Thursday, September 29, 2011

Should you sell jewelry you learn from a published project or in a class?

This is the real hot button topic, isn't it? I've been engaged in a very lively discussion with Cindy,  a new fellow beader. She's agreed to allow me to share our exchange thus far, and we'd both be interested to hear opinions and possible solutions to this and related issues.

Cindy was making things she learned from a book, being somewhat new and not ready to forge her own designs yet. During one convo she said she thought that she could sell her work as long as she mentioned the original artist.

I said: It is generally considered acceptable to make and sell pieces not your own design but only in limited quantities. For instance, at your own home show, local craft fair, to private clients, or giving as gifts. But I've had my own designs being re-created and sold on Etsy where I sell my own work--the same design, and for less money than I asked for my piece. I did not like it but the beader doing it took great umbrage when I asked her to stop selling it on Etsy. She felt that once a design has been published it is totally up for grabs. So it's an ethical question that continues to be a discussion. What do you think? You made the piece so you should be able to sell what you made, right?

Cindy said:  I totally understand how recreating someone else's work and selling it would be upsetting. I have very mixed feelings about it but of course at this time I haven't created something of my own to be copied so have a limited view and feeling on this matter at this time. It is confusing because you buy a book, magazine or etc. to learn how to create items but then not being able to sell them after you make it is disappointing. I guess the feeling might be if you don't want it copied then don't produce instructions on how to make it. It is a very complex situation that I'm not sure there is a clear answer to. When I become more adventurous and confident in my beading perhaps I will then be able to come up with my own creations but until then I need all the help I can get.

I said: You are among many jewelry-makers who don't make up their own designs but want to sell their efforts. I get it completely. It is a fine line--for all of us. Designers realize that people want to make our projects. It's why we teach and sell to magazines. That's how we earn a great part of our living. But we also sell our finished work. So when students (classroom or magazine followers) take our designs and mass produce them for sale, it takes away from our livelihood. It's the "making money from another person's design"  that's the bugaboo, and not one easily resolved. All magazines ask that readers be sensitive to the authors rights and not take advantage. OF COURSE people want to sell what they learn to make. But is it okay, or when is it okay?

If someone learns to make my original bracelet from a magazine, should they make and sell it over and over on Etsy?  Many artists don't publish tutorials for this very reason, and that's sad for students who could learn so much from those pros.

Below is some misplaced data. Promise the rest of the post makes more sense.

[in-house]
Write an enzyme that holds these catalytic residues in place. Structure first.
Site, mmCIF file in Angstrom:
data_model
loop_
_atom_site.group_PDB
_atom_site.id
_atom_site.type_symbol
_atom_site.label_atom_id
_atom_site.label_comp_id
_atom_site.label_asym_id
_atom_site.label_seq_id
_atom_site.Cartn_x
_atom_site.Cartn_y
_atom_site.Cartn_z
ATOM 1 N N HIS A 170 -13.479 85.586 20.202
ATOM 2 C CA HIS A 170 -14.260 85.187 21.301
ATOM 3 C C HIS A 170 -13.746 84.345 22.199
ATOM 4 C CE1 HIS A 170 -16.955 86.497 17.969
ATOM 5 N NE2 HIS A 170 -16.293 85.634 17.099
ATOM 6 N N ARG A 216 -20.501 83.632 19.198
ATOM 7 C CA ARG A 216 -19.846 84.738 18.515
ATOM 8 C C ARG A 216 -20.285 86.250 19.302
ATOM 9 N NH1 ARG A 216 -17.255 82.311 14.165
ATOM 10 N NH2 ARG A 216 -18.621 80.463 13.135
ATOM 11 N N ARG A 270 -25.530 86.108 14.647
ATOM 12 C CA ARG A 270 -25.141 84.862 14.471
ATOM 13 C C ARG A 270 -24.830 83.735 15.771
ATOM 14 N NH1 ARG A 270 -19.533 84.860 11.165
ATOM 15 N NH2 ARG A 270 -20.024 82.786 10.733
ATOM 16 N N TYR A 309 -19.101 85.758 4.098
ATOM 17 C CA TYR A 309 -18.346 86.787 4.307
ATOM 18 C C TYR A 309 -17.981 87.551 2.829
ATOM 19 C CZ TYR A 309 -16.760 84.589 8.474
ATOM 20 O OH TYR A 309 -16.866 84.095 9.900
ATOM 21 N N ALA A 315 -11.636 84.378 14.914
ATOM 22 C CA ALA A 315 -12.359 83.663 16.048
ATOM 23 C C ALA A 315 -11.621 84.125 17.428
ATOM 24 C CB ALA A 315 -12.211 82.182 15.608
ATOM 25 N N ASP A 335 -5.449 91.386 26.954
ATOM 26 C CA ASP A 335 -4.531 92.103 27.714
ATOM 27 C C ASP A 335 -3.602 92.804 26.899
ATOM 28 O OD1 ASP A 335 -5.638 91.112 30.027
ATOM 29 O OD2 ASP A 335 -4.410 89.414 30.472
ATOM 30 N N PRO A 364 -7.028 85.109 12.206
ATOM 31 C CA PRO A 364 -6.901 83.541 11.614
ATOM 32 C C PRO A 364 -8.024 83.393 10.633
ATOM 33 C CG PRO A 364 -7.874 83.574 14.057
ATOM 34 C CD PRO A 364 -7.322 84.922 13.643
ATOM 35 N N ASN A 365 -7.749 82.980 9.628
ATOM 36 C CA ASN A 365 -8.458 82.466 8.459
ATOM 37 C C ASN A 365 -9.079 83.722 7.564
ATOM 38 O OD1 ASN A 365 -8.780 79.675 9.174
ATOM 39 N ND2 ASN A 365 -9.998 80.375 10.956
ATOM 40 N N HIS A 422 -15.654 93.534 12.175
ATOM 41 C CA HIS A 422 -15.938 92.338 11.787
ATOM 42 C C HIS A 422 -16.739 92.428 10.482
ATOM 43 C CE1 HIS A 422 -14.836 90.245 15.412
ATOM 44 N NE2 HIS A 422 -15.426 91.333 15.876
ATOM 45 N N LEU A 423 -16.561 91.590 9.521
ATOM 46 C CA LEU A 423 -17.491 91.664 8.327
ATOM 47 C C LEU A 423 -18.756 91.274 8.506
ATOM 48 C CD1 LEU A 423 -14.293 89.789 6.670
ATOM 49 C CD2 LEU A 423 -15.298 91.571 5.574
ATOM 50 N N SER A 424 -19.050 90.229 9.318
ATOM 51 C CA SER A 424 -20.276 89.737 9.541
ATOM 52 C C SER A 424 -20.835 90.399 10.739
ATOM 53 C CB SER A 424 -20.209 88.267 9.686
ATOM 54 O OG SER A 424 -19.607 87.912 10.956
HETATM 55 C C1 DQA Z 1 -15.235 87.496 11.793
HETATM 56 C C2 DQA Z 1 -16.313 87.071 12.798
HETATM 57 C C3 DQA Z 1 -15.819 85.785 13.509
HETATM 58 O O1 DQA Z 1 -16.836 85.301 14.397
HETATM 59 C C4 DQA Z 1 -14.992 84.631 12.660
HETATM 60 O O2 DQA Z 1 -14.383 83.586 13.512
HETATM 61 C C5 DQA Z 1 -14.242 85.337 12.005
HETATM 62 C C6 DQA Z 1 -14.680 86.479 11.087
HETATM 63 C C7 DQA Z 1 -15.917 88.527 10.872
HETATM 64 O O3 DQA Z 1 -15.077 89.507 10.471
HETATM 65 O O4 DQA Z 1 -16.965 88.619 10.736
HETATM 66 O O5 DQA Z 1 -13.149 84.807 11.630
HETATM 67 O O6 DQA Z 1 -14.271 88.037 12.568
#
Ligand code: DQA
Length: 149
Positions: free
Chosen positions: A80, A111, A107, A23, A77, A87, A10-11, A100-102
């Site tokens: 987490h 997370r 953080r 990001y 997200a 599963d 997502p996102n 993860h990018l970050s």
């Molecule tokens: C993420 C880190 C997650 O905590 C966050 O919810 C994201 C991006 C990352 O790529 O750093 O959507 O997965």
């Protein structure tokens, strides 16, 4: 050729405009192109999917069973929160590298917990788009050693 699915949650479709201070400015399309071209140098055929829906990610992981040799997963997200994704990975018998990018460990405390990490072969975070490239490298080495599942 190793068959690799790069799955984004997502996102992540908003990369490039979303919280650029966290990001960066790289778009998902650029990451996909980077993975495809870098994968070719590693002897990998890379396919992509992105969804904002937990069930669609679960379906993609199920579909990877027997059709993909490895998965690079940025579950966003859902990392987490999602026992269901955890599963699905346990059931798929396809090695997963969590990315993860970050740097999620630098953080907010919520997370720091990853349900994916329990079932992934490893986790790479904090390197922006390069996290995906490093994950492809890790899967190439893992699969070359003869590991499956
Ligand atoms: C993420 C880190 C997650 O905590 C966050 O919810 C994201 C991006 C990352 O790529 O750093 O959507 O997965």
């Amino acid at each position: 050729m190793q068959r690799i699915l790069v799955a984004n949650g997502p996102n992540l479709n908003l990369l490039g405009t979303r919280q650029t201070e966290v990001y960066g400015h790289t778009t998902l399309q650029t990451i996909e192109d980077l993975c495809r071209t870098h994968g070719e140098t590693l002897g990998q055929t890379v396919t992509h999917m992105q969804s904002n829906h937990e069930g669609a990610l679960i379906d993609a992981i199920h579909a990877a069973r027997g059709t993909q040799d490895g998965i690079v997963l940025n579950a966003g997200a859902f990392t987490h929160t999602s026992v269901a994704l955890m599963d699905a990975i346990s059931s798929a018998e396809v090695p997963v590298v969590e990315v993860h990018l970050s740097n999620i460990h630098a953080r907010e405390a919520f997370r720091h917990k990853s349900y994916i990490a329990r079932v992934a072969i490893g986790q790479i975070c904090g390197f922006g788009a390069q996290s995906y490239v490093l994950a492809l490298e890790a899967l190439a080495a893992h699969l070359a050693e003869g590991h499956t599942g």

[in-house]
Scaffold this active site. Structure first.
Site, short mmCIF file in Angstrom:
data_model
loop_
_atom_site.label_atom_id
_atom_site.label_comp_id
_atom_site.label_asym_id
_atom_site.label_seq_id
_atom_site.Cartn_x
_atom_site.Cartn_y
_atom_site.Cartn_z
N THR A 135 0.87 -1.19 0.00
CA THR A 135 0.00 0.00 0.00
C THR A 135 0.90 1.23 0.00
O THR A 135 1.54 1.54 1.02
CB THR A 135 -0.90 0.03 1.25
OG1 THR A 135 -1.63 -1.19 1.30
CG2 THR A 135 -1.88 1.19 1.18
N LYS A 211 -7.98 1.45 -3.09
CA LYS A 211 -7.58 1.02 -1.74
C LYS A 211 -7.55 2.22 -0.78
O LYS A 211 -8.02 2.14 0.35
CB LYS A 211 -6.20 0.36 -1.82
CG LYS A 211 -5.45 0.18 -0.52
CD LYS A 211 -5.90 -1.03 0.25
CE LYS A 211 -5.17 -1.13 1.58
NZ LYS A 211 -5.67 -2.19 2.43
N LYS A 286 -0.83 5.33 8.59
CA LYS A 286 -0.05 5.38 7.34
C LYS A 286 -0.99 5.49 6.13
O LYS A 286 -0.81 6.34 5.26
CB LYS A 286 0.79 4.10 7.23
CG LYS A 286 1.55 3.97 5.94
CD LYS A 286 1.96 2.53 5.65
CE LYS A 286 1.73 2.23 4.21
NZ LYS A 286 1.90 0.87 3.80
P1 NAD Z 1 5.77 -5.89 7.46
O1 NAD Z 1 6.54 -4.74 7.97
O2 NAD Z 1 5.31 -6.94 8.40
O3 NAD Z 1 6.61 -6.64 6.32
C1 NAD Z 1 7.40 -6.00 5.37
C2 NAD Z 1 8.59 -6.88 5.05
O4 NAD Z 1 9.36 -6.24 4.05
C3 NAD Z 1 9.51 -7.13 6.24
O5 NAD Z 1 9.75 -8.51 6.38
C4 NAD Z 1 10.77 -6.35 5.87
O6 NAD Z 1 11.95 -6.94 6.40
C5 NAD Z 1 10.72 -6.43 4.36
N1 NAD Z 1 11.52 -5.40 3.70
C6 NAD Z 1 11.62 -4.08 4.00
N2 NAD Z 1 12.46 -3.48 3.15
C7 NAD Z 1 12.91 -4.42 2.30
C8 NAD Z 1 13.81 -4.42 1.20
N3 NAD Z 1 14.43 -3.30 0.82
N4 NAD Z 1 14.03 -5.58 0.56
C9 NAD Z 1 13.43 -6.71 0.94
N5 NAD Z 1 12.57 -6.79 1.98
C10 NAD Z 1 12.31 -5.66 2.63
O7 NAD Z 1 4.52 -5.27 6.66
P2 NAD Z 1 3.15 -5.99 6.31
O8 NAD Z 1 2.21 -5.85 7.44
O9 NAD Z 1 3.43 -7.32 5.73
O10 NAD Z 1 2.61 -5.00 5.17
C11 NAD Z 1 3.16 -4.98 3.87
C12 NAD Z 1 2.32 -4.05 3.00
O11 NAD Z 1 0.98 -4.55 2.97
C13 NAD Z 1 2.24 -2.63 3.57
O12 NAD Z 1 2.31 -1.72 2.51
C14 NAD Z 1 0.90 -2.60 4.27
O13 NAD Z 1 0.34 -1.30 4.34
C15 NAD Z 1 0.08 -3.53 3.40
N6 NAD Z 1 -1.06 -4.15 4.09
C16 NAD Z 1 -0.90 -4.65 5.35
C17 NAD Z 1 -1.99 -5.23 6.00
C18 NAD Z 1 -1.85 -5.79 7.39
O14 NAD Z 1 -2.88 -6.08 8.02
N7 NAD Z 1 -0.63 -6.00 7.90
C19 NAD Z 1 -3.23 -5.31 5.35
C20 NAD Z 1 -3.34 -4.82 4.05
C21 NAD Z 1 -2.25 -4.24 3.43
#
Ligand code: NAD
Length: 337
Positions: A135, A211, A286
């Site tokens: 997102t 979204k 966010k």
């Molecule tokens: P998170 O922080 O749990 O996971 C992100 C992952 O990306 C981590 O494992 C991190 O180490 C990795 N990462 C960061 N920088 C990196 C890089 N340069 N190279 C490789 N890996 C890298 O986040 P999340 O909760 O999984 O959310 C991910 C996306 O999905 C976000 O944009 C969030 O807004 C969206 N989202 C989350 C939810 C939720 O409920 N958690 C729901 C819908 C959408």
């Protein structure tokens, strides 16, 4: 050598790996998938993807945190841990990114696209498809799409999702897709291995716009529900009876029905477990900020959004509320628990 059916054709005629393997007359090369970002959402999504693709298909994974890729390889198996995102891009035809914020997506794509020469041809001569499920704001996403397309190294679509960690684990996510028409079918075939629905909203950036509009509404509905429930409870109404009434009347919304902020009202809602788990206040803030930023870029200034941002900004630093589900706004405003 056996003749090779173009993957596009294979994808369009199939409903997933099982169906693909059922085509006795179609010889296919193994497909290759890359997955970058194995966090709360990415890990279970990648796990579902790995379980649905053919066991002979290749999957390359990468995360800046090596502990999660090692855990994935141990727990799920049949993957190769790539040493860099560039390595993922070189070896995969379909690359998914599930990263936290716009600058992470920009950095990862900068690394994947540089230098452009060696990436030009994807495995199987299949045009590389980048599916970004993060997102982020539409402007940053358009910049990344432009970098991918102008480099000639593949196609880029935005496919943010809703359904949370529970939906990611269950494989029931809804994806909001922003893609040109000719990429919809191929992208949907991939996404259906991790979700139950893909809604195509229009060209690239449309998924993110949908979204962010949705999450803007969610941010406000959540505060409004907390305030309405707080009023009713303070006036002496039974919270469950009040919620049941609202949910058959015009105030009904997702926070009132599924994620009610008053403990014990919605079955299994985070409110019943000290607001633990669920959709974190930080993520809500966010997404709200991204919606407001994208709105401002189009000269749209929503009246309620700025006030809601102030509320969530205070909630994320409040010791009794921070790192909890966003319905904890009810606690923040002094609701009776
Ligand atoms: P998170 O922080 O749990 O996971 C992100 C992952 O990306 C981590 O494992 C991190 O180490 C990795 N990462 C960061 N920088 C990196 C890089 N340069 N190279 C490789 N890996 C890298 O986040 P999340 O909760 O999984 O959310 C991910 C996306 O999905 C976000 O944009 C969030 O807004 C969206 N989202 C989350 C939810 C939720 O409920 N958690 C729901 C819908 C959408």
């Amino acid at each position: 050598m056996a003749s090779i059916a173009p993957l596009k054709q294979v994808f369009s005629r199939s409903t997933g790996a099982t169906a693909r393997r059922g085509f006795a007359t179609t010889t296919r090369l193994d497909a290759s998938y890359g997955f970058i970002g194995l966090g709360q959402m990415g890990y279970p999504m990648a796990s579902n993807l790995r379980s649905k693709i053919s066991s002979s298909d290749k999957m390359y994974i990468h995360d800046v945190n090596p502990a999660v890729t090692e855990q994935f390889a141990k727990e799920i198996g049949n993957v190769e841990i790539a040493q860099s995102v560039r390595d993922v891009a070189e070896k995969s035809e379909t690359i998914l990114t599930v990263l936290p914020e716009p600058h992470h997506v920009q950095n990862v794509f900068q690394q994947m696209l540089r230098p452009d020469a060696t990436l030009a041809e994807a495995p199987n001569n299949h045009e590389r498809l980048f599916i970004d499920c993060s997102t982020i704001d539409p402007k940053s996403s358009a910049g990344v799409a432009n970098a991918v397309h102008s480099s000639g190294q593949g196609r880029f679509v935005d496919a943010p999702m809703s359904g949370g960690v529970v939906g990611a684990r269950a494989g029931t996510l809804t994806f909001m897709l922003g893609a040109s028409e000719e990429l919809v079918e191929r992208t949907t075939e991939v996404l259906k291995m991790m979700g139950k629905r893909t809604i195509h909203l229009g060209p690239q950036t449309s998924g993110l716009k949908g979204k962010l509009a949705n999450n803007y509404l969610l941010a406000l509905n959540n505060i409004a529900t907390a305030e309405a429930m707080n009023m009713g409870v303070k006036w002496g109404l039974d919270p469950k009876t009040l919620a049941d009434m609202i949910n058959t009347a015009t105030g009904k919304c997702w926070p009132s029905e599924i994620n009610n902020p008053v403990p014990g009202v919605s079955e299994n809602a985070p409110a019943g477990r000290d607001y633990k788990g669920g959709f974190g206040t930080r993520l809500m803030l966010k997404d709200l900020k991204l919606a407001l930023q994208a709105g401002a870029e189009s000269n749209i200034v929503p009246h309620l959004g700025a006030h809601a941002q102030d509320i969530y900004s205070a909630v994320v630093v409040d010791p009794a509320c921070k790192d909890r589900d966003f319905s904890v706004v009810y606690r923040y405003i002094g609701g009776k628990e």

How about at their neighborhood craft shows? I say sure if it's not in my home town.
On their own web site? HM, maybe. So ask me. But don't you want to make your own originals?

On Etsy?  I say this overlaps my market, so I'm not gonna like it. Shouldn't I get a commission as if it was a licensed product? If you want to make and sell my designs, please contact me today! We'll make some sort of contract where I get a small percentage of your sales and you can make and sell as much of my work as you like.

And speaking of licensing... I have Disney jewelry I made for myself to wear when I go to Disney World. I DO NOT and WILL NOT EVER make them to sell or even to give as gifts! Even tho' the form of my jewelry and the use of materials is quite unique, it is not my mouse. So I walk the walk, beady peeps. (But anyone from Disney can contact me about officially designing for them. My designs are definitely Mouse Couture.)

If someone takes my class, can they now go and teach that project in classes of their own?
Only with my permission.

Should someone buy my tutorial once for $10 and then charge other people $25 to learn that project from them in their bead shop?
That takes bread from my table, unless they buy my tutorial for each student and THEN tack on their fee as an instructor.

Who invented peyote stitch, anyway?
I hear this a lot. It's "just" peyote  stitch. You didn't invent that. True, but chances are the published project in question is more than just peyote.

I think seed beading is different from other jewelry making. The materials are similar, while other jewelry designs can switch out types of beads, chain, or wire, and become much more original even if the same technique is used. It is not as easy to invent something new in a seed bead work. Perhaps this is why beaders appear much more proprietary.

What do you think?
Can't wait to hear what you all say.